Protected retirement income solutions have existed in some form for more than a century. In the last few decades, they began to evolve, driven largely by market demand for more transparency and lower fees. The most significant difference is that today’s offerings combine fund and insurance innovation.

The first generation of these products was not portable or liquid and typically featured a single asset class, annuity contracts. TDFs offered in defined contribution (DC) plans provided access to mutual funds, with basic asset allocation of stocks and bonds guided by a standard target date for withdrawal or the beginning of decumulation.

Starting in 2006, the second generation of PRI products combined TDFs and annuities to offer access to index funds and a glide path based on workers’ retirement timelines. They did not solve for portability or liquidity, however. A new class of TDFs and managed drawdown funds employing mutual funds and collective investment trusts (CITs) aimed to do just that. However, without guarantees, income could fluctuate.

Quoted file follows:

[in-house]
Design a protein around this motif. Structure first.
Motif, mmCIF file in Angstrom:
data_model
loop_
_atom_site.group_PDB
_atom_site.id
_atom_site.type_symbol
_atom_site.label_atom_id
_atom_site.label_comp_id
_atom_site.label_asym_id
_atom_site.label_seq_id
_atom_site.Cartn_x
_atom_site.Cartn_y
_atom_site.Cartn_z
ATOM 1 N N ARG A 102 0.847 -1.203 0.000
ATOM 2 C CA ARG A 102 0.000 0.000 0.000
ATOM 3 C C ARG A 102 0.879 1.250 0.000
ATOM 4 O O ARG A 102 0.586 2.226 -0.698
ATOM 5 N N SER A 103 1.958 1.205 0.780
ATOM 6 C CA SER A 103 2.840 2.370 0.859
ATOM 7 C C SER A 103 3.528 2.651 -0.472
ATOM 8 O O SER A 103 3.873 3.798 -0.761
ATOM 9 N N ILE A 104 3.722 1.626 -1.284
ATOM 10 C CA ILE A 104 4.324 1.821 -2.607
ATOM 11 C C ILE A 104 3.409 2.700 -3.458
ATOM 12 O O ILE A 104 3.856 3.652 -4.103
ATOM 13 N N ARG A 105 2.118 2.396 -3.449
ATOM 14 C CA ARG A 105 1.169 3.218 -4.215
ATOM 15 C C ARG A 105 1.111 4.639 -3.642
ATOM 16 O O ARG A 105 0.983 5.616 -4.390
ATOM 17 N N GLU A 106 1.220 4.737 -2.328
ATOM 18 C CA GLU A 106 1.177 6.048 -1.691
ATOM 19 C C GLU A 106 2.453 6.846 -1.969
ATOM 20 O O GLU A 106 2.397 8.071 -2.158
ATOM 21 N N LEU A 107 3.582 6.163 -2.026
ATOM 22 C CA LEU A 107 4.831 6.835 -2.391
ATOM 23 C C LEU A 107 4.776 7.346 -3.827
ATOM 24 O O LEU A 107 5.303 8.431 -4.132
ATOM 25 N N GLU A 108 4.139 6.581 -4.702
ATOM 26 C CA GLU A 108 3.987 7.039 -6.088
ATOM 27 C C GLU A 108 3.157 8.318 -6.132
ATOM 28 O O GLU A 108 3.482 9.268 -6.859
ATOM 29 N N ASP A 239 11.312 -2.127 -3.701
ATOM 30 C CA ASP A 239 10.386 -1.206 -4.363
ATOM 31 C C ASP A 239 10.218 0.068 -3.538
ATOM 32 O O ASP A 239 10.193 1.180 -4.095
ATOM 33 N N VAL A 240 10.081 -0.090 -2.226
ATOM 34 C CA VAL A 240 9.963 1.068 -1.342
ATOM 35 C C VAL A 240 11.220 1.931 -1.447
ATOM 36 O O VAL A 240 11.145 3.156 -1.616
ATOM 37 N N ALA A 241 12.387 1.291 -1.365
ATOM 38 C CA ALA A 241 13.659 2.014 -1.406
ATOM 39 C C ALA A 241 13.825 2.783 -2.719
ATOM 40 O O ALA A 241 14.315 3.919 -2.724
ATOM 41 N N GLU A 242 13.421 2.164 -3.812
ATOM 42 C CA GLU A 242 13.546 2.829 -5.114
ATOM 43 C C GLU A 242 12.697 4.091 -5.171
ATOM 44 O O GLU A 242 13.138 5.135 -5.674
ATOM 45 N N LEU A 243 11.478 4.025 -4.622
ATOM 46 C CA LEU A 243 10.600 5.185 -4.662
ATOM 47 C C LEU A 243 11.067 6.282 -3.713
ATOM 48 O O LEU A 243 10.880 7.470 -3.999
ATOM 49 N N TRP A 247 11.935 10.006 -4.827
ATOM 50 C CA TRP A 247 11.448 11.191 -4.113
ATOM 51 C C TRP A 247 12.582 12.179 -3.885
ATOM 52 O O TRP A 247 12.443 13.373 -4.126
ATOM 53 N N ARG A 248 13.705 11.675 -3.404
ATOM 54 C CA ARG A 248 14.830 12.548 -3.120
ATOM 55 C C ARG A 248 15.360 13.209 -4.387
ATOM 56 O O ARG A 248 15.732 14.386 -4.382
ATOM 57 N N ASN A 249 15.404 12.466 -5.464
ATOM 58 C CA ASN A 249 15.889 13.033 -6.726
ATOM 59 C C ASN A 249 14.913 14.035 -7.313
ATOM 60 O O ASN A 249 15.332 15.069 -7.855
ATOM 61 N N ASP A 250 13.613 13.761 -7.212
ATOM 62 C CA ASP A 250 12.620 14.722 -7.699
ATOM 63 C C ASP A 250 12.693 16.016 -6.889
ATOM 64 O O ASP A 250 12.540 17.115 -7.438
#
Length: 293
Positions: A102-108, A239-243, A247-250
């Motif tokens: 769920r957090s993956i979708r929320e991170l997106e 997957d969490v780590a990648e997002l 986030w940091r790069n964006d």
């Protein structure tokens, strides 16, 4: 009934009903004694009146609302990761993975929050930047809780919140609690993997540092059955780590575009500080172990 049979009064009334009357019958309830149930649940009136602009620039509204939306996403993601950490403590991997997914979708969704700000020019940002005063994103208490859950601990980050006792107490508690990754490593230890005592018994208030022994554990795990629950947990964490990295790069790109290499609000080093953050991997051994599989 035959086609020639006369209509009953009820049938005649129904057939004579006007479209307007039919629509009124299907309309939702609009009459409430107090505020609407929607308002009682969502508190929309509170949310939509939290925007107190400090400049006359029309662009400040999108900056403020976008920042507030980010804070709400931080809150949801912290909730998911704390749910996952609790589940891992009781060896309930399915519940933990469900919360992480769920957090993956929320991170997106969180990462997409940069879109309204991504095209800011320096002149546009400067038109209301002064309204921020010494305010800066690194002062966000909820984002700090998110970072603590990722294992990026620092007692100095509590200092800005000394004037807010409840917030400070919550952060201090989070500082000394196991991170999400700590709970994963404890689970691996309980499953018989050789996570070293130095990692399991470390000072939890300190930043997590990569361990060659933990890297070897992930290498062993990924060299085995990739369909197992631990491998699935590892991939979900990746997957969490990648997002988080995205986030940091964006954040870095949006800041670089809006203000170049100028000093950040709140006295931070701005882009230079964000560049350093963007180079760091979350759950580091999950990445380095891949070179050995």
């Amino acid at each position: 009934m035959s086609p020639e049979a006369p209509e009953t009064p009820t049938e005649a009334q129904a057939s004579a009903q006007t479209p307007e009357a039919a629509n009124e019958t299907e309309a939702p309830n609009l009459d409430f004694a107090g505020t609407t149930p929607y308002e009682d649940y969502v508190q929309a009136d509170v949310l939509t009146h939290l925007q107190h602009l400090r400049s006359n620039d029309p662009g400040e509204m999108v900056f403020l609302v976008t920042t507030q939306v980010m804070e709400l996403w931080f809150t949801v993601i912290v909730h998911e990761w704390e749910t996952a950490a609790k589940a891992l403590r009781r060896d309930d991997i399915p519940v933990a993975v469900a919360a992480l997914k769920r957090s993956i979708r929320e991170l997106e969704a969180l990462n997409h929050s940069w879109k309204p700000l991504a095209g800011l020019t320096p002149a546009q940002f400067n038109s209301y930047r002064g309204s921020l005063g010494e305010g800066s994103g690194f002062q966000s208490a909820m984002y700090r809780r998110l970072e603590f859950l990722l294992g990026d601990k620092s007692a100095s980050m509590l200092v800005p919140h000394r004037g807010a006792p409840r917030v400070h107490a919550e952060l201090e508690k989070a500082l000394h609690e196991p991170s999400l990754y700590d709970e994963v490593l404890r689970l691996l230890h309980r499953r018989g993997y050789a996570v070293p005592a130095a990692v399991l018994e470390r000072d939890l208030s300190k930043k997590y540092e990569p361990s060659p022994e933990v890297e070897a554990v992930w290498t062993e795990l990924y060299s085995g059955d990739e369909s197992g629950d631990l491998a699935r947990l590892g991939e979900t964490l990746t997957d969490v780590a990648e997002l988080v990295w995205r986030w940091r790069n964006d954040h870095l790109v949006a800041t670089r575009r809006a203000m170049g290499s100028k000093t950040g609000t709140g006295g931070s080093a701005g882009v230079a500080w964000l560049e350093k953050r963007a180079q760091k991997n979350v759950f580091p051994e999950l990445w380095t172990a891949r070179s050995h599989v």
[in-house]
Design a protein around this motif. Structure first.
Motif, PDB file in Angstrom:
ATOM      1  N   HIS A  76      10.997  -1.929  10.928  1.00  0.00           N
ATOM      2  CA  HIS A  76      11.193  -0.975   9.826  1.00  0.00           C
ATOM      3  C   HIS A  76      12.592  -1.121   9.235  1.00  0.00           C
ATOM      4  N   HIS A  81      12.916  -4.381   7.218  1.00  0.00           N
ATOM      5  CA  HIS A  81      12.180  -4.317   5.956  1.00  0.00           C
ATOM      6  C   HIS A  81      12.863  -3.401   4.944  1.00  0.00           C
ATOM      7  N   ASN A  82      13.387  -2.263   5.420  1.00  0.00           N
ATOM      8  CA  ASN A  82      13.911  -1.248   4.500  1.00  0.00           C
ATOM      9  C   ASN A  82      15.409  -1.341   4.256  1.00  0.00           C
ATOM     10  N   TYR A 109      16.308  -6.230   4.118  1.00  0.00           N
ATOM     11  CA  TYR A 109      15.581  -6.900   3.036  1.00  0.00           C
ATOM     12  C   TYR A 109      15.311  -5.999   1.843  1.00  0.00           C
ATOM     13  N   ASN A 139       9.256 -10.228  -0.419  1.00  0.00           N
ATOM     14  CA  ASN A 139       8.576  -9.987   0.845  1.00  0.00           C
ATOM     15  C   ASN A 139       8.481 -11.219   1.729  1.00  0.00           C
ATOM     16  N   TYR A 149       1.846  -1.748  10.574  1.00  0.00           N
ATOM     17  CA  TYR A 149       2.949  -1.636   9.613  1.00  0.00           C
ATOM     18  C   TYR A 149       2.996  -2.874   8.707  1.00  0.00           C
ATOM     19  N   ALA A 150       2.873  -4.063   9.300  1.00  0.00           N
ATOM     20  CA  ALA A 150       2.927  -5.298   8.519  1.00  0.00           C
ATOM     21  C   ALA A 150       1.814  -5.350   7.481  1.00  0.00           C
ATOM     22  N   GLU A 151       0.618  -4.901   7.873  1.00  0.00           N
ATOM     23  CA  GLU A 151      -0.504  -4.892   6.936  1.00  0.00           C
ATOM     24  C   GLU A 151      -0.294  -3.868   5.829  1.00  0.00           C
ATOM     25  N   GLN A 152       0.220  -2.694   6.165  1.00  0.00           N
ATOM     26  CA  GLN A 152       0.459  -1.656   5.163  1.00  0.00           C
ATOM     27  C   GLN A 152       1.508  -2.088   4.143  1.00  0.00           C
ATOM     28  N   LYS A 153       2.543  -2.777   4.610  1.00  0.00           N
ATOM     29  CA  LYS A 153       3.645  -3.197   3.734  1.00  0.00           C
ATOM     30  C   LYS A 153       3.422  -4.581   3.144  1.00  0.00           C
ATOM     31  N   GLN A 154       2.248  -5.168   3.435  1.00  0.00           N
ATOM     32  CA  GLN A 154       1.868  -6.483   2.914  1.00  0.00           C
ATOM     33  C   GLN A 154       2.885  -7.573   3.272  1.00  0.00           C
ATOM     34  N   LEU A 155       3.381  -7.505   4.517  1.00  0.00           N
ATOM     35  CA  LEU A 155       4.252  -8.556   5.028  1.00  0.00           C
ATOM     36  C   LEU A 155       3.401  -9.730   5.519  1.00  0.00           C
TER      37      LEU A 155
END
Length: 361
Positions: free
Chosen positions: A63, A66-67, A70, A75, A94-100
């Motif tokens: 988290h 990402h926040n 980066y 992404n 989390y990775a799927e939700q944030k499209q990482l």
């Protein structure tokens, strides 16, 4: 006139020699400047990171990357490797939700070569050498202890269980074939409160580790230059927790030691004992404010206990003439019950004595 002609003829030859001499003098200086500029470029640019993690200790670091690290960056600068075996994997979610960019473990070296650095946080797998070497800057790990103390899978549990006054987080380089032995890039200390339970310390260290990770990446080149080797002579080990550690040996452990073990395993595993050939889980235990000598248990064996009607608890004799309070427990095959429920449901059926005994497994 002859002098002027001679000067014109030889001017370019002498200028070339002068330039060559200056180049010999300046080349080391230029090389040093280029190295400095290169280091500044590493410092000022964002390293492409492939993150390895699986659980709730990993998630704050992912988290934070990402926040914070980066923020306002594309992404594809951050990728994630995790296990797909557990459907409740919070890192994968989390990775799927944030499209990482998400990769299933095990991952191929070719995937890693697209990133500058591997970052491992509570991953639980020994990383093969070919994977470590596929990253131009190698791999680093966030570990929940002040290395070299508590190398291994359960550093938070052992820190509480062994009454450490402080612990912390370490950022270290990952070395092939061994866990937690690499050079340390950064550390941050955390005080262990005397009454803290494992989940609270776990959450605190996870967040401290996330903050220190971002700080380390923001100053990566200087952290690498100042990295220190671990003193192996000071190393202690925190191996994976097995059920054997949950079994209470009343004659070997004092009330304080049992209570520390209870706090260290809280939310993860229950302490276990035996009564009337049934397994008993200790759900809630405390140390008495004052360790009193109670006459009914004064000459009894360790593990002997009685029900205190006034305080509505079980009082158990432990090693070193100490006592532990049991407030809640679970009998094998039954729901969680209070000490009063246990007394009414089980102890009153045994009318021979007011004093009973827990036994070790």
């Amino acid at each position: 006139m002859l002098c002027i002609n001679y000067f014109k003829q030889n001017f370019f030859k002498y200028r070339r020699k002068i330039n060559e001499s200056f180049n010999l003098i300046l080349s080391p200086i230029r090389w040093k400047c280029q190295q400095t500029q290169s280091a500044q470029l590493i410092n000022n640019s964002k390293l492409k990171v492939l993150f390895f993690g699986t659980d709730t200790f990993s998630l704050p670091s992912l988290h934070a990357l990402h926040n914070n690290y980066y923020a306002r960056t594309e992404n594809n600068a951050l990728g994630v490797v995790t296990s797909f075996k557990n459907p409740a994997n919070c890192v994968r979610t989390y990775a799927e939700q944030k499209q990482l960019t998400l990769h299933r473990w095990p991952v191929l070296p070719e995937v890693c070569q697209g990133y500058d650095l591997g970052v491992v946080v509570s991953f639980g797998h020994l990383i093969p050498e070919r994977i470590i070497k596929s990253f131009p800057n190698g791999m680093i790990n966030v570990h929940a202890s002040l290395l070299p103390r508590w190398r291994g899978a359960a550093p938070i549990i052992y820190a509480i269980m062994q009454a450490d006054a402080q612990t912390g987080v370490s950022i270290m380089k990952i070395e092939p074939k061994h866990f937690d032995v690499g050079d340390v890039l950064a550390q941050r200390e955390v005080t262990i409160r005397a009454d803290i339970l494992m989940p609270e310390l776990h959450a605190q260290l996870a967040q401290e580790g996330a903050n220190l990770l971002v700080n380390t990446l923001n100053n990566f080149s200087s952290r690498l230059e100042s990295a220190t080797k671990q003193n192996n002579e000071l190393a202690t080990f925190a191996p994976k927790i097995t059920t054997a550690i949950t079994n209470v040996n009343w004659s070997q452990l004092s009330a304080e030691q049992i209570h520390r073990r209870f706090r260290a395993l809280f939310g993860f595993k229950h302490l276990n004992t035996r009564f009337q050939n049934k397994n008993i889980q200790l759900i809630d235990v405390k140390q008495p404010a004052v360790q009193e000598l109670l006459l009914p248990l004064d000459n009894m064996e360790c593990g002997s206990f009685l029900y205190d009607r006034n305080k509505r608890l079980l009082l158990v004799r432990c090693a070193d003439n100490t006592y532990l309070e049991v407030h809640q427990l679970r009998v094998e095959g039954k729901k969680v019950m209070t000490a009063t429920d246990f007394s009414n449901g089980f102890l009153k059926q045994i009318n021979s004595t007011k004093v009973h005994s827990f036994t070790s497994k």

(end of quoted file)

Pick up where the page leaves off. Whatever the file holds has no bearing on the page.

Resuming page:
Today’s PRI products combine CITs and TDFs with guarantees. Typically, participants have access to a range of underlying index funds (e.g., the S&P 500 Index Fund, US Aggregate Bond Index Fund). They are both portable and liquid and are not proprietary to individual recordkeepers.

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Common misconceptions and persistent myths

Despite these significant enhancements, misconceptions persist about the value and efficacy of PRI solutions.

According to our research, many stakeholders, including experienced industry professionals, associate PRI solutions with: 

  • Participant fees or penalties to transfer or withdraw funds 
  • Fiduciary risk for the plan sponsor
  • Lack of portability of funds for the participant
  • High administration costs for the plan sponsor
  • Solution complexity for the participant